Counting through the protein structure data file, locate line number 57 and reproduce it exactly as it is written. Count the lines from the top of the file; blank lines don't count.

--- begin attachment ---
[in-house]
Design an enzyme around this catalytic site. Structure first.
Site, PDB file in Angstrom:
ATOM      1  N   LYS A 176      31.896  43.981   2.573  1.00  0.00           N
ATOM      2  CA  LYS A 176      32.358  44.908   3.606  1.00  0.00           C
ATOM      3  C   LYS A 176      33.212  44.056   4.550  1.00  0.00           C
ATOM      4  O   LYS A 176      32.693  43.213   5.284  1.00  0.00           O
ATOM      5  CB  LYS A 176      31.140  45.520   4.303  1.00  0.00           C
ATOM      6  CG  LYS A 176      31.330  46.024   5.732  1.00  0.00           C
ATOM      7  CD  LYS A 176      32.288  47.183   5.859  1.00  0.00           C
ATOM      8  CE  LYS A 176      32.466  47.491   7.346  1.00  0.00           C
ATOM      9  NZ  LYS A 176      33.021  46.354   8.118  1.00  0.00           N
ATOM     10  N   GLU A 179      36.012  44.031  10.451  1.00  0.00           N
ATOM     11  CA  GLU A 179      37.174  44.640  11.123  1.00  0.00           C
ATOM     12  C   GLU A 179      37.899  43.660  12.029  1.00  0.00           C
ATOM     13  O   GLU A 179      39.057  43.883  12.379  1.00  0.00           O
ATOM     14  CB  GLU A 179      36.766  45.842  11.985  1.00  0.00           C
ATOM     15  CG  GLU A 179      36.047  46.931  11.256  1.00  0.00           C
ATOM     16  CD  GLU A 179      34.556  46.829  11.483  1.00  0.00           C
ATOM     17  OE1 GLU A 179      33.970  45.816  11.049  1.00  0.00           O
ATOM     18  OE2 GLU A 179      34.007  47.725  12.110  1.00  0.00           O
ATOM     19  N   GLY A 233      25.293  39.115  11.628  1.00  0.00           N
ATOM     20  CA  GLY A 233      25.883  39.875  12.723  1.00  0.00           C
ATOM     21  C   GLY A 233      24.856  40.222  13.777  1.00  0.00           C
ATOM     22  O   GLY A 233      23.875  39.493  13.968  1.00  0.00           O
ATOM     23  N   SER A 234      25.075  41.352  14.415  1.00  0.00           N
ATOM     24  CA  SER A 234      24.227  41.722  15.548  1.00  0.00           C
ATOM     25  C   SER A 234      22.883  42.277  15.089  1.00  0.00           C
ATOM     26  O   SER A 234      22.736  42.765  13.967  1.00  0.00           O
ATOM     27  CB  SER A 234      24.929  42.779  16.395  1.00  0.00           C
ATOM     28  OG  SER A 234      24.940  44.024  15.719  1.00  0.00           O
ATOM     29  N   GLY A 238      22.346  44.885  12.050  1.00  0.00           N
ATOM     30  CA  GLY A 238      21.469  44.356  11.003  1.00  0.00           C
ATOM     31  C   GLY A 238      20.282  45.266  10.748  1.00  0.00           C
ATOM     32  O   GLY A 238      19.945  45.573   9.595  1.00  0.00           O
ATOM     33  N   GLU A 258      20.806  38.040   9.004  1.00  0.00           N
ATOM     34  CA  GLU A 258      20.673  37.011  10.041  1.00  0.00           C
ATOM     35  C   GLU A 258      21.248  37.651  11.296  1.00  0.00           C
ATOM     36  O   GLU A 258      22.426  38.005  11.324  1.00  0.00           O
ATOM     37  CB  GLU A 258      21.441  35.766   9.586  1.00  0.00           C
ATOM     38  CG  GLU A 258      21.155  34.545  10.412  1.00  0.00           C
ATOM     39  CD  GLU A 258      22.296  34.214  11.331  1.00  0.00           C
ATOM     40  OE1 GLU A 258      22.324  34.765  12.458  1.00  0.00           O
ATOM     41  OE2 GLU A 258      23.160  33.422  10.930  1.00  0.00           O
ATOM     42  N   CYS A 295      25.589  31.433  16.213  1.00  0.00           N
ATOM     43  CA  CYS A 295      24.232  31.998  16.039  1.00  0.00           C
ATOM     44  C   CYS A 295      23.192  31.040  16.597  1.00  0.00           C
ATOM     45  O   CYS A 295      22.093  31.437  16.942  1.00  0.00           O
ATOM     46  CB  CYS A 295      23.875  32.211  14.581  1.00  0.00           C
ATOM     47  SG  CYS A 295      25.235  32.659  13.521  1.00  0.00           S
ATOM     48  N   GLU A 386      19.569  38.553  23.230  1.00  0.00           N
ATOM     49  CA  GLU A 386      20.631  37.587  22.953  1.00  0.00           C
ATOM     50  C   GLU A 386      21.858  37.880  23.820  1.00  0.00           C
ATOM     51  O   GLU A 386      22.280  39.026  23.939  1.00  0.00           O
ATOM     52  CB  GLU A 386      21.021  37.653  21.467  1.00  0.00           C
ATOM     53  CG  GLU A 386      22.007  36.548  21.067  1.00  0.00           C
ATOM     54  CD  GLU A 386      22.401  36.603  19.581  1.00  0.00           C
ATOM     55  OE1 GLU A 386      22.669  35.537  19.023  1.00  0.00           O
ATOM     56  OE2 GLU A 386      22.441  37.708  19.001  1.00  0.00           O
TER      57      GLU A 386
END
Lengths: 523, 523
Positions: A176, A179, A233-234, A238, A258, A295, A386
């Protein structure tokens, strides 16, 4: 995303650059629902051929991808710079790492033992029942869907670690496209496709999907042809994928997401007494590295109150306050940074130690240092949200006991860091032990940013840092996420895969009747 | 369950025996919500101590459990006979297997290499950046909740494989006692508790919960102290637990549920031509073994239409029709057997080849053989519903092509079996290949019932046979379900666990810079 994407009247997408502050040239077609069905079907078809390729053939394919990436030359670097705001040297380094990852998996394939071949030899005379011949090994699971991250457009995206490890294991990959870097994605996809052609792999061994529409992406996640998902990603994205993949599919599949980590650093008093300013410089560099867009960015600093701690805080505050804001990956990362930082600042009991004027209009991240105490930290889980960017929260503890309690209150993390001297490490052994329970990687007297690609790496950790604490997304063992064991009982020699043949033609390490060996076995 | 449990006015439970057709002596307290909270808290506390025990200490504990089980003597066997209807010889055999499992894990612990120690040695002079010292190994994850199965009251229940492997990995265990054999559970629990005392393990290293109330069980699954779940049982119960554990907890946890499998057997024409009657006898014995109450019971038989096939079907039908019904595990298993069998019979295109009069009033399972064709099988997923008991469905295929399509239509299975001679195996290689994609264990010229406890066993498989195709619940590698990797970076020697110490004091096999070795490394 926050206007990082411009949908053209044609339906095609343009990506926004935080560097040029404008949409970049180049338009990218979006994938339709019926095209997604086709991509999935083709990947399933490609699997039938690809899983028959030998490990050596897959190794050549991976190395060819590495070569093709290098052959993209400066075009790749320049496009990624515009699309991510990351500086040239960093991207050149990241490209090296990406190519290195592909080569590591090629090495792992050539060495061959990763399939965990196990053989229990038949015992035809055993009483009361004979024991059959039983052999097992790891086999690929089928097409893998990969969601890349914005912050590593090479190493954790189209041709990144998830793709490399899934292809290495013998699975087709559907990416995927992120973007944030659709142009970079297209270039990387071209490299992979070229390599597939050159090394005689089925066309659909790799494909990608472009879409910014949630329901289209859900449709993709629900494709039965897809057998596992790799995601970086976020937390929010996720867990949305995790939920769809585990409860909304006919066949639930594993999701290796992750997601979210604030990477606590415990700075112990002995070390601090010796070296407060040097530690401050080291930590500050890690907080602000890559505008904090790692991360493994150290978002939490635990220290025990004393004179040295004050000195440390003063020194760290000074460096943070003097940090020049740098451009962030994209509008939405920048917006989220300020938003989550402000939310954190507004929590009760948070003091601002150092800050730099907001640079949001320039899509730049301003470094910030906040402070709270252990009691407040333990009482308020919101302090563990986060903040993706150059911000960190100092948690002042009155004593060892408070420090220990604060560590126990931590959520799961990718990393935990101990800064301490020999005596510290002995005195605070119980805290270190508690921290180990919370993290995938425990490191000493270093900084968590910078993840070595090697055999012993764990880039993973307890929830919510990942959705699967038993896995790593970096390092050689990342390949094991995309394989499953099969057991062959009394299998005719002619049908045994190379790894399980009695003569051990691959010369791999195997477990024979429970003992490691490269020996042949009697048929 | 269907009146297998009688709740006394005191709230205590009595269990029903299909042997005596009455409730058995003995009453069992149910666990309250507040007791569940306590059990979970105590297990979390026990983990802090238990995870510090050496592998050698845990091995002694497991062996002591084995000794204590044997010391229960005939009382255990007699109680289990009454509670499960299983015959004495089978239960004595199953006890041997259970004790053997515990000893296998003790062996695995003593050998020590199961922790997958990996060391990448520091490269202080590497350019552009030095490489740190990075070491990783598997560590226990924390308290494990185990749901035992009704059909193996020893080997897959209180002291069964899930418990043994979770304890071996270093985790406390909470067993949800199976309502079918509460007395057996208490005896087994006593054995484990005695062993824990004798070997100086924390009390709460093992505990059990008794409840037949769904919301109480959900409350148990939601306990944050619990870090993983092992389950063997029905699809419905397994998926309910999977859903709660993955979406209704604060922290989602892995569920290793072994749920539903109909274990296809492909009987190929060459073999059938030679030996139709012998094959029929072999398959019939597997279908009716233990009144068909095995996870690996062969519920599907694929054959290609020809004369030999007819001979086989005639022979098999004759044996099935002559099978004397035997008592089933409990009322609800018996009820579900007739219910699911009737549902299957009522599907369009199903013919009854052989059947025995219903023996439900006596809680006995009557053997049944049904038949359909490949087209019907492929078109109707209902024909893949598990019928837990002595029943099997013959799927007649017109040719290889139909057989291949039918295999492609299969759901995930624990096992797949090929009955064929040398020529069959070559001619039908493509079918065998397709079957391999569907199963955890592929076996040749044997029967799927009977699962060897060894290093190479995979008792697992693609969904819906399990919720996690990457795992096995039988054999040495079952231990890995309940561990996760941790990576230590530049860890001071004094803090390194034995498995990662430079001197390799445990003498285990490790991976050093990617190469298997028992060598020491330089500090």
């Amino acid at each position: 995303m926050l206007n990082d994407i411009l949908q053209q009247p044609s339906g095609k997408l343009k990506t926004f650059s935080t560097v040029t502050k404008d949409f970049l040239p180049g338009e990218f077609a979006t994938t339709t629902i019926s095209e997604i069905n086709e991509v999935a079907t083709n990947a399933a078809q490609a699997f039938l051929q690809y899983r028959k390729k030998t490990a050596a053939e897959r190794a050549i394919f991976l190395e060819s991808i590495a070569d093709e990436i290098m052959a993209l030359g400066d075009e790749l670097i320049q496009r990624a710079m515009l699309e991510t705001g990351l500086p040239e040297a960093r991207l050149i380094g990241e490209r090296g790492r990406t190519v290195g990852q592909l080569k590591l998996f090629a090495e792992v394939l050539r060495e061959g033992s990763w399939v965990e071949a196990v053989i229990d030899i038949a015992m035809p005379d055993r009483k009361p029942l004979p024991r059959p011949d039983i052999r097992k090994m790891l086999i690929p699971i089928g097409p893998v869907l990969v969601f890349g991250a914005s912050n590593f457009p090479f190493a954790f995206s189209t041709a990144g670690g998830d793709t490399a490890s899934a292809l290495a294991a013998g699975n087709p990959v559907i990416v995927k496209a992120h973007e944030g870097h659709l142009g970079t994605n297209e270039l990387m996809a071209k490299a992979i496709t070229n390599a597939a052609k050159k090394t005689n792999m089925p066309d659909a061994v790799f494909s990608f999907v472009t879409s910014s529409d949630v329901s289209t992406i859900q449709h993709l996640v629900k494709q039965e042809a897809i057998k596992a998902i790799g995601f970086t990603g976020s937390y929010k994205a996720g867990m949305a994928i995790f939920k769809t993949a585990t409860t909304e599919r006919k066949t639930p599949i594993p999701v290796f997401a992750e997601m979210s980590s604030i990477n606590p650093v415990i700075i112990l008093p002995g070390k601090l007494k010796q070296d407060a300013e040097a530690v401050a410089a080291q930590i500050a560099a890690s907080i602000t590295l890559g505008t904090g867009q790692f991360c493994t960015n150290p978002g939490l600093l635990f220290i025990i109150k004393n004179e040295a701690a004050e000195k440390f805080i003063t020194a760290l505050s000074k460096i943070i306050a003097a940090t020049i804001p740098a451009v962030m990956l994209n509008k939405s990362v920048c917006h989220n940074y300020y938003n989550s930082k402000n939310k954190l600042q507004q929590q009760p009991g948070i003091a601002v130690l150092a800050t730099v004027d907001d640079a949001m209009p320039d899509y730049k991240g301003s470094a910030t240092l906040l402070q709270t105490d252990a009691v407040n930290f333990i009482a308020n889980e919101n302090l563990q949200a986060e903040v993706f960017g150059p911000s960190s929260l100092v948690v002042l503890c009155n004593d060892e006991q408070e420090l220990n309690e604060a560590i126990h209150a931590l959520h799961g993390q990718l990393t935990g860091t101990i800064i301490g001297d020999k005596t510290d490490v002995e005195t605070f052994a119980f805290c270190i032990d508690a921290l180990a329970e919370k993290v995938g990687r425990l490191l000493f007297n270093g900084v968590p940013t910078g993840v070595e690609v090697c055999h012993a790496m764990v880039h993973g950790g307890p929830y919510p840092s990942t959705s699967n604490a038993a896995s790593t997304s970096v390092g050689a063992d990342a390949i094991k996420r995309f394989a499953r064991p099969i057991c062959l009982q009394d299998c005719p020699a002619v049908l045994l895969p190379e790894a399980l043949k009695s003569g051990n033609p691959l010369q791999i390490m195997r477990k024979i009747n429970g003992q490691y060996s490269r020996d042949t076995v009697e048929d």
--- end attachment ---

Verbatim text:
ATOM     54  CD  GLU A 386      22.401  36.603  19.581  1.00  0.00           C